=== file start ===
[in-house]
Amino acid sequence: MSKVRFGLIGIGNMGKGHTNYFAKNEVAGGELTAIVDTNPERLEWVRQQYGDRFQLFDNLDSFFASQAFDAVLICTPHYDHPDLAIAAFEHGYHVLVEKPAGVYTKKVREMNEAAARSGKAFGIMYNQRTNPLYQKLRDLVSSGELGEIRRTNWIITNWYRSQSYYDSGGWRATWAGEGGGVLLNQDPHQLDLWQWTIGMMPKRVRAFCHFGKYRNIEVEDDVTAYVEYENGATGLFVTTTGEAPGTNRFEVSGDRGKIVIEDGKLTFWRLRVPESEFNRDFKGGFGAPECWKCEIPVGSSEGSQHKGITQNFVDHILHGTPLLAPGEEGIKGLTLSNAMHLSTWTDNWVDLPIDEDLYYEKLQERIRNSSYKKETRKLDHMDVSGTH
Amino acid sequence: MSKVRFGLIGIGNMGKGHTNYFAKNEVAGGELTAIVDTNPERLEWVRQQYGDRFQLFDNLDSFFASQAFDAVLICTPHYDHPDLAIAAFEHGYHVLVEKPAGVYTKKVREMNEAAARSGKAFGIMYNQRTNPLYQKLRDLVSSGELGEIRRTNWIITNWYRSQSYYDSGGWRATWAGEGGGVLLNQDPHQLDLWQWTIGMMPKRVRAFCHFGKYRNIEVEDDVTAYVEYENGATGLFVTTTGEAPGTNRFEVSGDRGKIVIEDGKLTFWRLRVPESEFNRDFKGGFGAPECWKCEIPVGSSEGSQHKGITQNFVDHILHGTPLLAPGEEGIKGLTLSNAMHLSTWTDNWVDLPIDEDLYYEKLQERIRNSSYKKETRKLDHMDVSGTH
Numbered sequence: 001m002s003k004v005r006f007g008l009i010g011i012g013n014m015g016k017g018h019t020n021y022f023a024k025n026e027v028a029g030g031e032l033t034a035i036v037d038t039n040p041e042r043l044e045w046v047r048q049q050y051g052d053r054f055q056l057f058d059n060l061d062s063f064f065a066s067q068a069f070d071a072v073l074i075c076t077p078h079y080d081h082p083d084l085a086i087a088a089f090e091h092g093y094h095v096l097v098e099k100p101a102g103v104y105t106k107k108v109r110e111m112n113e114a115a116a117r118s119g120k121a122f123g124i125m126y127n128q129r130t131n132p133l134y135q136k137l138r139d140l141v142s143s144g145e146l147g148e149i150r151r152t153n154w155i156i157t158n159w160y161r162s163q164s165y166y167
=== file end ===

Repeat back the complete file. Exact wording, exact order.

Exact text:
[in-house]
Amino acid sequence: MSKVRFGLIGIGNMGKGHTNYFAKNEVAGGELTAIVDTNPERLEWVRQQYGDRFQLFDNLDSFFASQAFDAVLICTPHYDHPDLAIAAFEHGYHVLVEKPAGVYTKKVREMNEAAARSGKAFGIMYNQRTNPLYQKLRDLVSSGELGEIRRTNWIITNWYRSQSYYDSGGWRATWAGEGGGVLLNQDPHQLDLWQWTIGMMPKRVRAFCHFGKYRNIEVEDDVTAYVEYENGATGLFVTTTGEAPGTNRFEVSGDRGKIVIEDGKLTFWRLRVPESEFNRDFKGGFGAPECWKCEIPVGSSEGSQHKGITQNFVDHILHGTPLLAPGEEGIKGLTLSNAMHLSTWTDNWVDLPIDEDLYYEKLQERIRNSSYKKETRKLDHMDVSGTH
Amino acid sequence: MSKVRFGLIGIGNMGKGHTNYFAKNEVAGGELTAIVDTNPERLEWVRQQYGDRFQLFDNLDSFFASQAFDAVLICTPHYDHPDLAIAAFEHGYHVLVEKPAGVYTKKVREMNEAAARSGKAFGIMYNQRTNPLYQKLRDLVSSGELGEIRRTNWIITNWYRSQSYYDSGGWRATWAGEGGGVLLNQDPHQLDLWQWTIGMMPKRVRAFCHFGKYRNIEVEDDVTAYVEYENGATGLFVTTTGEAPGTNRFEVSGDRGKIVIEDGKLTFWRLRVPESEFNRDFKGGFGAPECWKCEIPVGSSEGSQHKGITQNFVDHILHGTPLLAPGEEGIKGLTLSNAMHLSTWTDNWVDLPIDEDLYYEKLQERIRNSSYKKETRKLDHMDVSGTH
Numbered sequence: 001m002s003k004v005r006f007g008l009i010g011i012g013n014m015g016k017g018h019t020n021y022f023a024k025n026e027v028a029g030g031e032l033t034a035i036v037d038t039n040p041e042r043l044e045w046v047r048q049q050y051g052d053r054f055q056l057f058d059n060l061d062s063f064f065a066s067q068a069f070d071a072v073l074i075c076t077p078h079y080d081h082p083d084l085a086i087a088a089f090e091h092g093y094h095v096l097v098e099k100p101a102g103v104y105t106k107k108v109r110e111m112n113e114a115a116a117r118s119g120k121a122f123g124i125m126y127n128q129r130t131n132p133l134y135q136k137l138r139d140l141v142s143s144g145e146l147g148e149i150r151r152t153n154w155i156i157t158n159w160y161r162s163q164s165y166y167